It was a sad day for Kwari community, a town in Geidam Local Government Area of Yobe State, as the Islamic State-backed faction of Boko Haram, the Islamic State West Africa Province (ISWAP), formerly known as Jamā’at Ahl as-Sunnah lid-Da’wah wa’l-Jihād, attacked the community, killing not less than fourteen people.
The gunmen during the attack killed pastor Luka Levong, of the Church of Christ In Nations (COCIN).
Some residents who evacuated the corpses to the Specialist Hospital Geidam said the attackers invaded the community around 2: 00 am on Friday and shot the pastor and his church treasurer Maina Abdullahi, the attack was not repelled.
Thirteen other villagers including the church treasurer, Maina Abdullahi were also killed by the terrorists who also burnt down the church, many houses and cars, an eyewitness said.
Geidam is the council area of the immediate past Inspector General of Police, Usman Baba Alkali.
Christians in Northern Nigeria and the Middle Belt have been victims of continuous massacre by the Boko Haram terrorists, fulani herdsmen and bandits for over a decade, with hundreds of thousands killed, yet the government has done little or nothing about it.
Recently, while many were joyful and preparing for Christmas celebration, the Islamic terrorists massacred not less than 160 people, many of them preparing for church Christmas programs, Saturday night through Christmas Day in coordinated attacks on predominantly Christian areas in Plateau State, Nigeria.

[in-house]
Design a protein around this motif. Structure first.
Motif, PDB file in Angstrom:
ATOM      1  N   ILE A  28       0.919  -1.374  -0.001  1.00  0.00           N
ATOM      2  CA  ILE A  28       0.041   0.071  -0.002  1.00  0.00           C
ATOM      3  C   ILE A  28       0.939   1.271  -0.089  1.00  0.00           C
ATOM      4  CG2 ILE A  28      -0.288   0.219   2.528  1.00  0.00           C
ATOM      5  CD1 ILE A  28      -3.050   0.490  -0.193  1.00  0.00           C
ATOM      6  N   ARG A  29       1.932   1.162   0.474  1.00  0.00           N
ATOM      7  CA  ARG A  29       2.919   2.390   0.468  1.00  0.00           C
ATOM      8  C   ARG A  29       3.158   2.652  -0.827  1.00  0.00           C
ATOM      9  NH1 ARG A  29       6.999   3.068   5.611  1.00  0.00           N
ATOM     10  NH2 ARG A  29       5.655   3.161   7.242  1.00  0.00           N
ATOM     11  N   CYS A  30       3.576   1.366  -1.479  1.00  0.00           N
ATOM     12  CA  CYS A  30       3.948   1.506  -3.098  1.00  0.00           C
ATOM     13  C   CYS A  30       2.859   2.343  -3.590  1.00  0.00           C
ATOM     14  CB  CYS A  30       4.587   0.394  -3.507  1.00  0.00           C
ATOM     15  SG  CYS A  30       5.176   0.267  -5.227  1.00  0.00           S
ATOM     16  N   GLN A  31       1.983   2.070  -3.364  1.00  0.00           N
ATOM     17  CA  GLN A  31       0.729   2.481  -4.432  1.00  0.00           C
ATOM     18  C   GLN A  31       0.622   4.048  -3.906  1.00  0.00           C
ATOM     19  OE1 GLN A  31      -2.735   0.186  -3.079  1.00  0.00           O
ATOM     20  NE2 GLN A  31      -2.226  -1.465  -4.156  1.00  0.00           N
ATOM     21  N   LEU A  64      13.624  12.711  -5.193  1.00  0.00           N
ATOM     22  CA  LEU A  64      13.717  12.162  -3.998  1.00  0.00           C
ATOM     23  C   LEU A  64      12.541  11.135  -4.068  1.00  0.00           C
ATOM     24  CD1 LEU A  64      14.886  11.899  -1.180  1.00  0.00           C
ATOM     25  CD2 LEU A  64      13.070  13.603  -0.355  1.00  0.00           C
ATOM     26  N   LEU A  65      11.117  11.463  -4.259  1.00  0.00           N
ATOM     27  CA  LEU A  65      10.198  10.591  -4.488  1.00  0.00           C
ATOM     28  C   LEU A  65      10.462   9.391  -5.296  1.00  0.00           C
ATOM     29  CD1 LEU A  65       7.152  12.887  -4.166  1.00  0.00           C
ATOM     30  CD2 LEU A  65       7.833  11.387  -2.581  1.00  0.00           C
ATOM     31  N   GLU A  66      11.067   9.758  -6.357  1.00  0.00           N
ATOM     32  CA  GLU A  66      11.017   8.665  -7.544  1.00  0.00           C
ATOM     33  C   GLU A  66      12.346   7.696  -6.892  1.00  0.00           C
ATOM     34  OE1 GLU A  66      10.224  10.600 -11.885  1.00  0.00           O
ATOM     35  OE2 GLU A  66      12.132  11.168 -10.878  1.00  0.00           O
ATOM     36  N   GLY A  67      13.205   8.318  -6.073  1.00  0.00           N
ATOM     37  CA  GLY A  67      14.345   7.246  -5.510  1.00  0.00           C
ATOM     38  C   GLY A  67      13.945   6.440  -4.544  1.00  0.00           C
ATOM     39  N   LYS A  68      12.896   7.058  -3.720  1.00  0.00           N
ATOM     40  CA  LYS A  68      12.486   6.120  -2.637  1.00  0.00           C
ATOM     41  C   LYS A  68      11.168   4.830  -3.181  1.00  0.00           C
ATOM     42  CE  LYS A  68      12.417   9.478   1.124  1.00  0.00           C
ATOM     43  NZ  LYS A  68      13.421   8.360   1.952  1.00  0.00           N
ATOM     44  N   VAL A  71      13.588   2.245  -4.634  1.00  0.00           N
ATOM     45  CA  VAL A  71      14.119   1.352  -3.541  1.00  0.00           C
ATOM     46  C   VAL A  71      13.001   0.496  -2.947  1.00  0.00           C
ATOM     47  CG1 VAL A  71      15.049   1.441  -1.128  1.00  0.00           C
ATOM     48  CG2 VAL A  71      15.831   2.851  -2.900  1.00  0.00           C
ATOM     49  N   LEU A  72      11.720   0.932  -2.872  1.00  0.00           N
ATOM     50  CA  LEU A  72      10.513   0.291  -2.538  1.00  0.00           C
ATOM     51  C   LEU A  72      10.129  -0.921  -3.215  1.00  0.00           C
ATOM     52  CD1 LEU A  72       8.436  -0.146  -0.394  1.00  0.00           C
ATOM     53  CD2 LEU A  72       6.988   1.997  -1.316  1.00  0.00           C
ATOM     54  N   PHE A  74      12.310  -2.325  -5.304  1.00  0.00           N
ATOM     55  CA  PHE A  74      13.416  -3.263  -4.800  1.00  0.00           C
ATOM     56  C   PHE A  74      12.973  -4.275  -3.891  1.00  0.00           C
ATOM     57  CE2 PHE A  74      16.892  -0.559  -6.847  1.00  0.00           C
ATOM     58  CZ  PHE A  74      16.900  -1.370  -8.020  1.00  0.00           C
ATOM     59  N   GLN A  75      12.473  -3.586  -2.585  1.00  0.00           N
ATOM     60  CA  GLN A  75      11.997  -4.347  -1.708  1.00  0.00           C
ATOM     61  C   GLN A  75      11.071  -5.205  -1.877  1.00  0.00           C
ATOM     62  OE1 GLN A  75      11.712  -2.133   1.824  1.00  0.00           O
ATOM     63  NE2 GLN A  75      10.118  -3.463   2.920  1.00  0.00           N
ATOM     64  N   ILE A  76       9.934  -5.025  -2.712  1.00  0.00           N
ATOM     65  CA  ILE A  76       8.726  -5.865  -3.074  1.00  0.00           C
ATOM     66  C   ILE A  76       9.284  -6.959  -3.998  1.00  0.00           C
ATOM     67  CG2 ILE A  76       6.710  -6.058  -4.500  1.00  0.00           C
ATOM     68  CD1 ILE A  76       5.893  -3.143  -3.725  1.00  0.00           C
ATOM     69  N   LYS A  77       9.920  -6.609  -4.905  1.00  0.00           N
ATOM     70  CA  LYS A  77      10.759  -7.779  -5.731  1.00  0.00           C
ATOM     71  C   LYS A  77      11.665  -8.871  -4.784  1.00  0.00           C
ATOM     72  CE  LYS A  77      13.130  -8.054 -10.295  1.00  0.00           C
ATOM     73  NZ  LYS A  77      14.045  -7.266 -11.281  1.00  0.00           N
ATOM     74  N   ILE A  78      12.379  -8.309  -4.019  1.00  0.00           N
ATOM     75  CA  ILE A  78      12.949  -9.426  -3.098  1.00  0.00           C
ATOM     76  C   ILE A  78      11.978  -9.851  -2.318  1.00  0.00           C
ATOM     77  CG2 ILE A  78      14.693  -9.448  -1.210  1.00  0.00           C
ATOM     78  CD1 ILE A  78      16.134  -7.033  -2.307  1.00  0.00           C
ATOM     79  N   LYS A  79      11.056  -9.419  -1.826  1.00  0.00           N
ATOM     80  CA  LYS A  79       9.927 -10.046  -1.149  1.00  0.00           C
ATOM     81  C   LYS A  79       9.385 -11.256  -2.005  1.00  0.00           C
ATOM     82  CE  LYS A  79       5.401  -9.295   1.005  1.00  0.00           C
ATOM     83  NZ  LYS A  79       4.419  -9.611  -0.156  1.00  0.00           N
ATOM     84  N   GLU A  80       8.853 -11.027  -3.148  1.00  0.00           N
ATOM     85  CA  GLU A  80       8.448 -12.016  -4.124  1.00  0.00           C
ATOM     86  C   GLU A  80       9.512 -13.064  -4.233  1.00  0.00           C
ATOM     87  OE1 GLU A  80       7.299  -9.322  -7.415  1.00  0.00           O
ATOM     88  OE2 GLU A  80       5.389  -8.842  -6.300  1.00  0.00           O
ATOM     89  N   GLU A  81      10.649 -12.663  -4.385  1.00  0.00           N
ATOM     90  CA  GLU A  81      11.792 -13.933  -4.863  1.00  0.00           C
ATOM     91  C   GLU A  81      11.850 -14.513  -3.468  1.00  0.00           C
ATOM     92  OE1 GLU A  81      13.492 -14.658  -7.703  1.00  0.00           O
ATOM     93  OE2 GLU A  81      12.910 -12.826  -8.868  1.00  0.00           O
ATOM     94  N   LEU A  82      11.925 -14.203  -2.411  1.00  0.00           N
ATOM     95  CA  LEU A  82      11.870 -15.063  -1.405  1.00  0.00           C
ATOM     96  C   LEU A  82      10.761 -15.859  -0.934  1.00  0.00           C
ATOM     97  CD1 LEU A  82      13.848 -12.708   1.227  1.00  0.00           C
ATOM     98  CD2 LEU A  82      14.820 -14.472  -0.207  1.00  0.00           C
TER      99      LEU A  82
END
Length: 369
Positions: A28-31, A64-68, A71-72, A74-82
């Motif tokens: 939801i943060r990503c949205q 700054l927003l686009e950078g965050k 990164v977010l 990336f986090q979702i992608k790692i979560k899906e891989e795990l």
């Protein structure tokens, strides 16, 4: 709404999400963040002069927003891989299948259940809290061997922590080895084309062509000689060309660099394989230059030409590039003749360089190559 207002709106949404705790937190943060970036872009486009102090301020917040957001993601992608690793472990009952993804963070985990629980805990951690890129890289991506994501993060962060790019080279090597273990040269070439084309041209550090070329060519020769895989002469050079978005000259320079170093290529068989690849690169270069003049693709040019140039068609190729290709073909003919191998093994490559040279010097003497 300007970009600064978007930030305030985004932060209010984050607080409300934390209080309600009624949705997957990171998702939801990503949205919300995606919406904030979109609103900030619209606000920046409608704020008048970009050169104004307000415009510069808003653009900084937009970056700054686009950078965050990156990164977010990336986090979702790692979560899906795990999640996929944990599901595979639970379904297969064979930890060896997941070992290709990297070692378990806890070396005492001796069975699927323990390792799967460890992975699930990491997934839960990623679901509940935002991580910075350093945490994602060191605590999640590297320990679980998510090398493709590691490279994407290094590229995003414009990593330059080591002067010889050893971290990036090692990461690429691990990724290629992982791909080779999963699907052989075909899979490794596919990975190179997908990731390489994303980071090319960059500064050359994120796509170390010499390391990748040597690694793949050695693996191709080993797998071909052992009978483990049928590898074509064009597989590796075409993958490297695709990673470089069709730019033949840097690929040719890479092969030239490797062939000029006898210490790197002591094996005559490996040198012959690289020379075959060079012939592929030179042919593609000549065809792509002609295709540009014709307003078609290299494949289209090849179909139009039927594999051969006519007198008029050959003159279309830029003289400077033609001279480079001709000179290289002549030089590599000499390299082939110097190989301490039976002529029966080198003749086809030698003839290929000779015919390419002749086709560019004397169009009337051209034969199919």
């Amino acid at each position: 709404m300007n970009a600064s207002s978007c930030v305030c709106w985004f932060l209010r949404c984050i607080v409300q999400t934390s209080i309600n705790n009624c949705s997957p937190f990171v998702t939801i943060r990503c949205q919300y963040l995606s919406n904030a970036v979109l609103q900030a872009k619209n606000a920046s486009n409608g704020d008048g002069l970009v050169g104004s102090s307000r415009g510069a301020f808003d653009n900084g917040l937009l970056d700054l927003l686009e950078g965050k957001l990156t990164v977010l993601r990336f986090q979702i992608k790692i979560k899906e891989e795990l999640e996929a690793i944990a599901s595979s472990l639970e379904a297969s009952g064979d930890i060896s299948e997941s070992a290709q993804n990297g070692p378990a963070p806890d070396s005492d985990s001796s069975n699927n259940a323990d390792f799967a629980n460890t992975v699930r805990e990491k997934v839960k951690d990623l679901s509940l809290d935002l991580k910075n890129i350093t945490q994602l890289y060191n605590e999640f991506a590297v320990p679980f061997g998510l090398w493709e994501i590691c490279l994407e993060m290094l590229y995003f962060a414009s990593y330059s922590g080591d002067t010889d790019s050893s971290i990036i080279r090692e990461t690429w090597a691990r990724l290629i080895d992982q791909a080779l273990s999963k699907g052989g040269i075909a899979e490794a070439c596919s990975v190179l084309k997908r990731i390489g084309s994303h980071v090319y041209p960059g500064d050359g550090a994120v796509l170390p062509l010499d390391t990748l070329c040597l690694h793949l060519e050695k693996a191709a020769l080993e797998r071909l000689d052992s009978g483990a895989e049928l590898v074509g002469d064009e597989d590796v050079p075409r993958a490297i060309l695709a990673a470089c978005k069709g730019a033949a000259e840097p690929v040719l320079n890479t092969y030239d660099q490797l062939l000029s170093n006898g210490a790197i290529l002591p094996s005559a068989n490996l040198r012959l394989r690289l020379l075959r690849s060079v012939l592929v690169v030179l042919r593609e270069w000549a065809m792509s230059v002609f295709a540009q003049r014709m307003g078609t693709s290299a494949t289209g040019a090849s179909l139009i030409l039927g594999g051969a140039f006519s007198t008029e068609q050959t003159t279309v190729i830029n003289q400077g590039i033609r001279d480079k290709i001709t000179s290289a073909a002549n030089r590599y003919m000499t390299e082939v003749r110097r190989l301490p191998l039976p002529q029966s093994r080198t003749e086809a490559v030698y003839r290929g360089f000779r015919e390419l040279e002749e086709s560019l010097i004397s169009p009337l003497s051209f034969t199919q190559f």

Hundreds of houses were also destroyed in the massacres that happened in villages of Barkin Ladi, Bokkos and Mangu counties, officials and residents said. The assailants killed the Rev. Solomon Gushe of Baptist Church in Dares village along with nine of his family members, said Bokkos County resident Dawzino Mallau.
Christian leaders in Nigeria have said they believe herdsmen attacks on Christian communities in the Middle Belt are inspired by their desire to forcefully take over Christians’ lands and impose Islam as desertification has made it difficult for them to sustain their herds.
Nigeria ranked number 6 in the 2023 World Watch List of the countries where it is most difficult to be a Christian. This is its highest ranking ever, from No. 7 the previous year.
Nigeria led the world in Christians killed for their faith in 2022, with 5,014, according to Open Doors’ 2023 World Watch List (WWL) report. It also led the world in Christians abducted (4,726), sexually assaulted or harassed, forcibly married or physically or mentally abused, and it had the most homes and businesses attacked for faith-based reasons. As in the previous year, Nigeria had the second most church attacks and internally displaced people.